Monday, February 03, 2014

Phillip Seymour Hoffman

I am no fan of popular culture. Even before having young children provided a good excuse not to go to the movies, I didn't find myself shelling out 8 or 10 dollars for a ticket and 15 dollars for a soda with too much ice and a bag of popcorn very often. My movie philosophy was summed up nicely by Gene Wilder recently, in an interview on AMC that I caught accidentally; when asked why he wasn't doing much film acting these days, Wilder looked pained, as if he was letting the interviewer in on some unfortunate secret that could no longer be kept from him: "Because most of them" The audience laughed, but Wilder just shrugged, perhaps frustrated by their laughter.

I am sure there are lots of great movies being produced, but the ones that I am told are going to be great, never are. I recently saw American Hustle. The theater was packed and yet the movie was just...okay. It  was too long, there were entire segments I thought could have been left out, that forwarded the story in no meaningful way, and yet here we were on the wrong side of two hours invested in a movie that was blowing no one's socks off. I thought to myself, and probably said out loud, if this is on the short list for Best Film, the competition must be incredibly weak.

But there are a few actors who can make me want to buy a ticket. Daniel Day Lewis leads a short list. Leonardo DiCaprio. And increasingly, Phillip Seymour Hoffman. I thought Hoffman's performance of Truman Capote in the film Capote was truly masterful. Hoffman immersed himself in that role the way Day-Lewis did in Lincoln, and the result was just as astounding. One forgets where the actor ends and the role begins. I am no film critic, nor what anyone would call a movie buff, and perhaps there are better, more technically sound, ways to describe Hoffman's performance in Capote, but I will leave it at exceptional.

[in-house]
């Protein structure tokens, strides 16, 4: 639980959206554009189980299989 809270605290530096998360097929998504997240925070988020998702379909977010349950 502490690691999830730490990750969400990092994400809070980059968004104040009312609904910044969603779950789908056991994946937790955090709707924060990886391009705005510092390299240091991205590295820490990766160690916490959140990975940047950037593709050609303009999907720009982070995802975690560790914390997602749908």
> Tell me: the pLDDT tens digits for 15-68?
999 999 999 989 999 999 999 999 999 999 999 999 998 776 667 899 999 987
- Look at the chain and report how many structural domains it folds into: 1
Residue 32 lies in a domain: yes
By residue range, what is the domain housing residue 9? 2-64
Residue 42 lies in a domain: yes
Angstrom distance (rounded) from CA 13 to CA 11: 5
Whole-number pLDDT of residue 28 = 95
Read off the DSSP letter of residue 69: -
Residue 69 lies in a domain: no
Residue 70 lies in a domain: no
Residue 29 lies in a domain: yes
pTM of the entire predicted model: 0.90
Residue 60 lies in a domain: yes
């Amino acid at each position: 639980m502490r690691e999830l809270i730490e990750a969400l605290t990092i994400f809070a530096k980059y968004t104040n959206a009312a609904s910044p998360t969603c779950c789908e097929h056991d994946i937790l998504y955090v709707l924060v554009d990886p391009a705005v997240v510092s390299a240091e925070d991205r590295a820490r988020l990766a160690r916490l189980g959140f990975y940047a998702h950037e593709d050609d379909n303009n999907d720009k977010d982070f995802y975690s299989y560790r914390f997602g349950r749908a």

I tried, although maybe halfheartedly, to see Hoffman perform on the Broadway stage as Willy Loman in Death of a Salesman, a role he was said to have mastered on the live stage. But traveling to Manhattan for painfully white collar entertainment wasn't in the cards. I find myself wishing it had been.    

I am no fan of popular culture. So much of it is vapid, empty, and temporary, that it is just not worth paying attention. But such as Mr. Hoffman's work was popular, it was worth paying attention to, it was none of those things. A man whose extraordinary talent came at the cost of an extraordinary vulnerability has left this planet far too soon with far too much left to do. I found myself unexpectedly moved at the news of his passing and pledged to recommit myself to my own writing, for one day, there will be nothing more to write.     


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